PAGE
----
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An in-game chat from Punchline #1 includes messages like “she could crush a watermelon with her thighs” “or Joker’s head” “or my head” “I want Joker’s mean girlfriend to spit on my face” “big tiddy goth girlfriend goals” and a keysmash. Image: James Tynion IV, Sam Johns, Mirka Andolfo, Gabriela Downie/DC Comics

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This Batman comic has the most accurate fake Twitch chat I’ve ever seen

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Susana Polo is an entertainment editor at Polygon, specializing in pop culture and genre fare, with a primary expertise in comic books. Previously, she founded The Mary Sue.

Dear Diary: This week I read the words “big tiddy goth girlfriend” in a Batman comic and I could not have been more delighted. It was in Punchline #1, a one-shot focused on the further adventures of the Joker’s new anti-Harley Quinn, Punchline.

We knew she was a media-savvy former campus troll, but now that she’s behind bars and awaiting trial, Alexis Kaye is using her online presence to remake her image as a sad, innocent young woman in a big sweater who was manipulated by the Joker into believing that all the murder and torture she was doing was in the service of delivering an anti-status-quo message.

And the play for sympathy is working, as we see in a single extremely memorable panel of in-game chat from fictional team shooter Called to Honor. I ran this image by my gaming colleagues and they concurred. The keysmash. The “crush my head with her thighs.” The use of “big tiddy goth girlfriend.” This is the most accurate fake game-chat in a superhero comic. Maybe in any fiction.

What else is happening in the pages of our favorite comics? We’ll tell you. Welcome to Monday Funnies, Polygon’s weekly list of the books that our comics editor enjoyed this past week. It’s part society pages of superhero lives, part reading recommendations, part “look at this cool art.” There may be some spoilers. There may not be enough context. But there will be great comics. (And if you missed the last edition, read this.)

Punchline #1

Punchline is tearfully perp-walked into court as a crowd chants “Free Punchline!” “No crime! No time!” in Punchline #1, DC Comics (2020).  Image: James Tynion IV, Sam Johns, Mirka Andolfo/DC COmics

As Punchline’s new public image is catching on, it’s clear that her goal isn’t necessarily to reduce her sentence or walk free. Every view of her videos or listen of her old true-crime Joker podcast exposes more people to the idea that the Joker is a guy with a “message” about how ineffective or corrupt Gotham’s institutions are — including Batman. Coming at a moment when Gothamites are reasonably upset with the city’s status quo it’s even whipped up a supportive protest outsider her court. In a lot of ways, it feels like a shot across the bow of Joker (2019).

When it’s not about complicated city-domination plans or punching bad guys, James Tynion IV’s Batman run is walking a tight line of having truly guilty villains pointing out legitimate problems with Batman while sympathizing with the average Gothamite who wants something better than vigilante justice, and without making Batman into a villain himself. It’s easily the most interesting aspect of his take on the character, and I’m interested to see how he sticks the an eventual conclusion on the theme. As Punchline herself would say, it’s a situation that’s all about the payoff.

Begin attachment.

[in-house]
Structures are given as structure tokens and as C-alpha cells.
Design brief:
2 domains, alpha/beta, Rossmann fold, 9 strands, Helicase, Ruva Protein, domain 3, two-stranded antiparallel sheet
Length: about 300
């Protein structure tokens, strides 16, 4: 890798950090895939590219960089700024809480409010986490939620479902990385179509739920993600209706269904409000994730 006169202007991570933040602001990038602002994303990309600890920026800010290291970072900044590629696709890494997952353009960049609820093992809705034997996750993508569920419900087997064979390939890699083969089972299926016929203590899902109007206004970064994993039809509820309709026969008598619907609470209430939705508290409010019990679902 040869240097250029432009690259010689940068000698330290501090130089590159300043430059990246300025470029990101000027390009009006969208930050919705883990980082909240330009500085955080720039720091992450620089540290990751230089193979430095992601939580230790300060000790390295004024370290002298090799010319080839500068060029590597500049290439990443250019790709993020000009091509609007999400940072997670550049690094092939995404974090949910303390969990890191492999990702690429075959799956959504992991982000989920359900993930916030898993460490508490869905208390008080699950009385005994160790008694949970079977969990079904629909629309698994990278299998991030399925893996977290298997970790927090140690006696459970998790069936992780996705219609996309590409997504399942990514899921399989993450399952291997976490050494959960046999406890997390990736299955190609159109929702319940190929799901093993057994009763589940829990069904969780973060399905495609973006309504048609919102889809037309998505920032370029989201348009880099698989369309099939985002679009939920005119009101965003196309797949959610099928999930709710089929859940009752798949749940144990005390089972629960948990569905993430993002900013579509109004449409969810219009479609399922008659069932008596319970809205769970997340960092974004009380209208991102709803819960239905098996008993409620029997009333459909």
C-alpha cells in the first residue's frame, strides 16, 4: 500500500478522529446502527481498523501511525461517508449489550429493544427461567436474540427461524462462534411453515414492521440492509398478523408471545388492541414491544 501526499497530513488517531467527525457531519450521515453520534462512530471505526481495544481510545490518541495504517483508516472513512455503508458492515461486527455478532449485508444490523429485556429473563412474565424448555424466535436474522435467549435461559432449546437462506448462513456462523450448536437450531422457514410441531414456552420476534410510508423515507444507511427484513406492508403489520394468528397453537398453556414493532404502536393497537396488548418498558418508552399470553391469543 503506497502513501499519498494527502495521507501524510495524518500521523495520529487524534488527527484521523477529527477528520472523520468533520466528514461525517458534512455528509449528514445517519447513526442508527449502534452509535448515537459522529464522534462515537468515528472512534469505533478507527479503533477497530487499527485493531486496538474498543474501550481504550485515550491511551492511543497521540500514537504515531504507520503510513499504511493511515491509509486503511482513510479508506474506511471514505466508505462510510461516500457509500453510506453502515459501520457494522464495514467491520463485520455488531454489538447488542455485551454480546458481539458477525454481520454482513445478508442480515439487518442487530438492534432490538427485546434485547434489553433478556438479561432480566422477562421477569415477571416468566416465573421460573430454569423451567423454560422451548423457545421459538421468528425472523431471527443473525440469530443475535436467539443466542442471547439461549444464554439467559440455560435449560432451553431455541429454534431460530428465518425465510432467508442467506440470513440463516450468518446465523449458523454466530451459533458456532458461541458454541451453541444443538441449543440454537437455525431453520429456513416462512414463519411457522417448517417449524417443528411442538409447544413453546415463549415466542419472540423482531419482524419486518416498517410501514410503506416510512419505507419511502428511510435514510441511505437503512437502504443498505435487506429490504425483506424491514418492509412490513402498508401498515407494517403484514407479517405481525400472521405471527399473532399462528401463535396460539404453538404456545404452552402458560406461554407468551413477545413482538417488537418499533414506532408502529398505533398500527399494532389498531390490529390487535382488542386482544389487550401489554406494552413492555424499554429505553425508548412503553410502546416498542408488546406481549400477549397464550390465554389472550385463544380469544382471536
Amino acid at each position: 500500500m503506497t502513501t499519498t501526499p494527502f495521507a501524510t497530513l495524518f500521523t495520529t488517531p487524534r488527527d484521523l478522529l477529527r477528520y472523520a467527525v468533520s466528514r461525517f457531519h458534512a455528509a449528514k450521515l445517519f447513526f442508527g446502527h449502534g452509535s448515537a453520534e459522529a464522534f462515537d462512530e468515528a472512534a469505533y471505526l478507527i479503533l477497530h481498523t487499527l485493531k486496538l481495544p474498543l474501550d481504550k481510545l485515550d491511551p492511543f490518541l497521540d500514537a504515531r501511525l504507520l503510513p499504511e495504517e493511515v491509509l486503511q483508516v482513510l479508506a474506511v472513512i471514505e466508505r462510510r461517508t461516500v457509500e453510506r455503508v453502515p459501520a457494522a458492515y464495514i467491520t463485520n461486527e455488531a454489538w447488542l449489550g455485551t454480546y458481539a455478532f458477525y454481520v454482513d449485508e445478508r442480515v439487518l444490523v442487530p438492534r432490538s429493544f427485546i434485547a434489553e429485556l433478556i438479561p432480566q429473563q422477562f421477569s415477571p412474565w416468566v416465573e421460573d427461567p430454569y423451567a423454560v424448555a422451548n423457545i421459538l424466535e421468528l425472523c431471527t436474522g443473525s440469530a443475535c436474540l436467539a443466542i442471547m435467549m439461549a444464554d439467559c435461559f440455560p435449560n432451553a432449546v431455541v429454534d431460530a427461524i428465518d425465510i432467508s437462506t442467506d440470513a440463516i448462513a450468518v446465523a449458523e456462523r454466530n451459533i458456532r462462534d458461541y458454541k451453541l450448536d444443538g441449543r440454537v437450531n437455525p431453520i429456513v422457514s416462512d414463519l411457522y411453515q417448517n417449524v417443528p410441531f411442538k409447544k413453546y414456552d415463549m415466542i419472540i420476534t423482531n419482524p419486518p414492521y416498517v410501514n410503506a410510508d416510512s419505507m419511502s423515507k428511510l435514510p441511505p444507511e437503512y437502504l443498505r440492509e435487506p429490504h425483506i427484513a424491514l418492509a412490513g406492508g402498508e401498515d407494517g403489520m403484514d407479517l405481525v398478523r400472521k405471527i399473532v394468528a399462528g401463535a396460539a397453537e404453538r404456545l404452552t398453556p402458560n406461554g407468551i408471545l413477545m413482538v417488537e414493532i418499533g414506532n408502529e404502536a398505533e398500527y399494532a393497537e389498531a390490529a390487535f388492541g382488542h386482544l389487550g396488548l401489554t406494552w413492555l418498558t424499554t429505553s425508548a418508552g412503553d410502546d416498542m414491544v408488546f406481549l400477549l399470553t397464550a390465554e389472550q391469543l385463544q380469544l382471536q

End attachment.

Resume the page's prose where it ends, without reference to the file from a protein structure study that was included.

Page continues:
Excalibur #14

Doug Ramsey/Cypher and Be the Blood Moon gaze lovingly into each other’s eyes in Excalibur #15, Marvel Comics (2020). Image: Tini Howard, Phil Noto/Marvel Comics

Time for your weekly X of Swords update: The tournament has well and truly begun! There have been several sword fights to the death, a (nonlethal) bout of arm wrestling, a drinking contest, and ... a competitive wedding? The score is five wins for Arakko and two for the X-Men. I have no idea how many are left. No one was sure what to expect from X of Swords, and the series is even bucking those expectations, in quite a fun way.

Detective Comics #1030

Batman lands on a rooftop where the rest of the Bat-familiy — Red Hood, Batwoman, Nightwing, Signal, Orphan, and Batgirl — are gathered, his cape spread against the purpling sky, in Detective Comics #1030, DC Comics (2020). Image: Peter J. Tomasi, Bilquis Evely/DC Comics

Shoutout to Bilquis Evely’s art on Detective Comics, it’s just good work.

We Only Find Them When They’re Dead #3

Two spacehips, with pink and red engine glows, are dwarfed to specks by a massive space god that they just woke up. Green light pours from its open eyes and mouth in We Only Find Them When They’re Dead #3, Boom Studios (2020). Image: Al Ewing, Simone Di Meo/Boom Studios

In We Only Find Them When They’re Dead, a series where humanity harvests the corpses of giant space gods for resources because they only find them when they’re dead, THEY FOUND ONE WHEN IT WAS ALIVE. This was inevitable but also very exciting.

Iron Man #3

“Sir, this is a Burger Hut,” a cashier says to Tony Stark, who is standing in a Burger Hut in bunny slippers, in Iron Man #3, Marvel Comics (2020). Image: Christopher Cantwell, C Cafu/Marvel Comics

Almost as good as “big tiddy goth girlfriend,” in this week’s Iron Man a fast food cashier had to literally tell Iron Man “Sir, this is a Wendys” after he did an unhinged internal monologue out loud without realizing it.


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